Next Article in Journal
Self-Reported Autistic Traits Using the AQ: A Comparison between Individuals with ASD, Psychosis, and Non-Clinical Controls
Previous Article in Journal
Changes in Developmental Trajectories of Preschool Children with Autism Spectrum Disorder during Parental Based Intensive Intervention
Previous Article in Special Issue
Investigating the Effects of Chiropractic Spinal Manipulation on EEG in Stroke Patients
Open AccessArticle

Differential Changes in Early Somatosensory Evoked Potentials between the Dominant and Non-Dominant Hand, Following a Novel Motor Tracing Task

Faculty of Health Sciences, University of Ontario Institute of Technology, 2000 Simcoe St. North, Oshawa, ON L1H 7K4, Canada
*
Author to whom correspondence should be addressed.
Both authors contributed equally to this work.
Brain Sci. 2020, 10(5), 290; https://doi.org/10.3390/brainsci10050290
Received: 7 April 2020 / Revised: 7 May 2020 / Accepted: 13 May 2020 / Published: 14 May 2020
(This article belongs to the Special Issue Brain Plasticity and Motor Control—Series II)
During training in a novel dynamic environment, the non-dominant upper limb favors feedback control, whereas the dominant limb favors feedforward mechanisms. Early somatosensory evoked potentials (SEPs) offer a means to explore differences in cortical regions involved in sensorimotor integration (SMI). This study sought to compare differences in SMI between the right (Dom) and left (Non-Dom) hand in healthy right-handed participants. SEPs were recorded in response to median nerve stimulation, at baseline and post, a motor skill acquisition-tracing task. One group (n = 12) trained with their Dom hand and the other group (n = 12), with their Non-Dom hand. The Non-Dom hand was significantly more accurate at baseline (p < 0.0001) and both groups improved with time (p < 0.0001), for task accuracy, with no significant interaction effect between groups for both post-acquisition and retention. There were significant group interactions for the N24 (p < 0.001) and the N30 (p < 0.0001) SEP peaks. Post motor acquisition, the Dom hand had a 28.9% decrease in the N24 and a 23.8% increase in the N30, with opposite directional changes for the Non-Dom hand; 22.04% increase in N24 and 24% decrease in the N30. These SEP changes reveal differences in early SMI between Dom and Non-Dom hands in response to motor acquisition, providing objective, temporally sensitive measures of differences in neural mechanisms between the limbs. View Full-Text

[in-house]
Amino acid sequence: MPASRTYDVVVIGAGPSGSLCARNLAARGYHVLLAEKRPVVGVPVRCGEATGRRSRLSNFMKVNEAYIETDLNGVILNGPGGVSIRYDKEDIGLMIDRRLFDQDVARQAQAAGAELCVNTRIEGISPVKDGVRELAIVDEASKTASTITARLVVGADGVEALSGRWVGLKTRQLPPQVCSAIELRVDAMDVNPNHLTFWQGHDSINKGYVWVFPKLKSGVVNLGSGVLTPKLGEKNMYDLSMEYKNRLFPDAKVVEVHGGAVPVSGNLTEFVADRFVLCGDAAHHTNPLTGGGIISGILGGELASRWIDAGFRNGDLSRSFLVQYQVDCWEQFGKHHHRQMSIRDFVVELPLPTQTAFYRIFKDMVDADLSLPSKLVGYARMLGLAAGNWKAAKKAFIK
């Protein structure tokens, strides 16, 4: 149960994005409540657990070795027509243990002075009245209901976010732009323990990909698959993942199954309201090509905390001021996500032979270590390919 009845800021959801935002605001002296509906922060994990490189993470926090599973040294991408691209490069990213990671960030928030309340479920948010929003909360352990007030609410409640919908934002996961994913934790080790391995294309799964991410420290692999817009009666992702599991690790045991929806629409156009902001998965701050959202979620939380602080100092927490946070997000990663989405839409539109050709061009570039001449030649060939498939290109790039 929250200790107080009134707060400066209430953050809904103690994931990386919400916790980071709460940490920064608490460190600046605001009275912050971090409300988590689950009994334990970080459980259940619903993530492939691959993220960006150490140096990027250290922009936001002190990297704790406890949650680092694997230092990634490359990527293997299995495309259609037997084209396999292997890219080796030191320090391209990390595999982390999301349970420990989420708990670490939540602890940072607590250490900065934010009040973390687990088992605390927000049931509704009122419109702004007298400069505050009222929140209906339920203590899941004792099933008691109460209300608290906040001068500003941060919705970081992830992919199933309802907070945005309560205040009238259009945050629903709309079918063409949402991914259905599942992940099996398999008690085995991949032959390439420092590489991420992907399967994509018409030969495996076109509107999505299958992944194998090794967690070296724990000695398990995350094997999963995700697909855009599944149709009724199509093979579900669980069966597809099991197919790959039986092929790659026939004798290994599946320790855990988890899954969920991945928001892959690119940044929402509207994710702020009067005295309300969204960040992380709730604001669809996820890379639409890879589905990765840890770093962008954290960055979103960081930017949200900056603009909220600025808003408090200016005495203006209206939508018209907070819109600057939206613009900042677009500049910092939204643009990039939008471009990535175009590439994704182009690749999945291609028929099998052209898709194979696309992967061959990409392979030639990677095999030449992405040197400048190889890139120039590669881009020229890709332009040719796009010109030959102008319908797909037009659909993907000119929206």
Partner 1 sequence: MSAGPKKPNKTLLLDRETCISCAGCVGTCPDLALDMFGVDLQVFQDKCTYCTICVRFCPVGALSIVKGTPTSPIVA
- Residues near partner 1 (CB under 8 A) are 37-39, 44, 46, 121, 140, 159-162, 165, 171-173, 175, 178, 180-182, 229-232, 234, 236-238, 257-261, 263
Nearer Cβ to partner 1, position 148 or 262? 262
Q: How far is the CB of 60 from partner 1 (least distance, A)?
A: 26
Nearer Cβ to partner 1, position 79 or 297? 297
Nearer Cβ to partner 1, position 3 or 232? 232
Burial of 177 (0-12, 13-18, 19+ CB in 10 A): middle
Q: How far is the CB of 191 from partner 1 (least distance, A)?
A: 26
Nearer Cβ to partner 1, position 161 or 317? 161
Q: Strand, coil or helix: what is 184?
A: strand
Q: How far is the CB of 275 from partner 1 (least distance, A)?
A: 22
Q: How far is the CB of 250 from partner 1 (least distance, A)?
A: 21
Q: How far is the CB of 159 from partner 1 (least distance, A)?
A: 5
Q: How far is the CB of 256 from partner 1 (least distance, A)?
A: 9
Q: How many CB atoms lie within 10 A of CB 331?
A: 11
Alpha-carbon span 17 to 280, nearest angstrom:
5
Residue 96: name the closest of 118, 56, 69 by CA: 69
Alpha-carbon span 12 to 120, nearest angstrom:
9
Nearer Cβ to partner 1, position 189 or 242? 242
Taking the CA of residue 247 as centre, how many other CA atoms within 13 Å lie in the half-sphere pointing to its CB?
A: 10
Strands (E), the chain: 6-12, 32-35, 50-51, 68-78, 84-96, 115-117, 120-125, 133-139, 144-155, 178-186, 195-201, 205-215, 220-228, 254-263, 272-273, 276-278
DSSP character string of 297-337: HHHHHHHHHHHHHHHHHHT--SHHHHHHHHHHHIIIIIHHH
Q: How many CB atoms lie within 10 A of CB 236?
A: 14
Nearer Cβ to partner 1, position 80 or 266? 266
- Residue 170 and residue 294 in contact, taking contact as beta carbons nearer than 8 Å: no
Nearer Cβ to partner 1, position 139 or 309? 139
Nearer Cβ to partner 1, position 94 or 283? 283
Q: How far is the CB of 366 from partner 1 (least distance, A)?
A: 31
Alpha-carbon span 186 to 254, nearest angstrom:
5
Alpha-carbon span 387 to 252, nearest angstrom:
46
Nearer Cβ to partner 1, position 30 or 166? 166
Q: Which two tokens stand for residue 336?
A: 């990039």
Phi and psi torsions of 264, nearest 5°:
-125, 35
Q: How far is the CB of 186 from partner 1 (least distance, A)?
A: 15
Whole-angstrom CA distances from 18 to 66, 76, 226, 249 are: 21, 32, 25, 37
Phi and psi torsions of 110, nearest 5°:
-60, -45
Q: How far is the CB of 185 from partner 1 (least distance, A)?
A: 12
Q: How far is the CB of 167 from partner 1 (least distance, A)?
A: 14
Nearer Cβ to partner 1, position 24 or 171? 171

Keywords: somatosensory evoked potentials; motor acquisition; sensorimotor integration; dominant hand; non-dominant hand somatosensory evoked potentials; motor acquisition; sensorimotor integration; dominant hand; non-dominant hand
Show Figures

Graphical abstract

MDPI and ACS Style

Zabihhosseinian, M.; Gilley, R.; Andrew, D.; Murphy, B.; Yielder, P. Differential Changes in Early Somatosensory Evoked Potentials between the Dominant and Non-Dominant Hand, Following a Novel Motor Tracing Task. Brain Sci. 2020, 10, 290.

Show more citation formats Show less citations formats
Note that from the first issue of 2016, MDPI journals use article numbers instead of page numbers. See further details here.

Article Access Map by Country/Region

1
Search more from Scilit
 
Search
Back to TopTop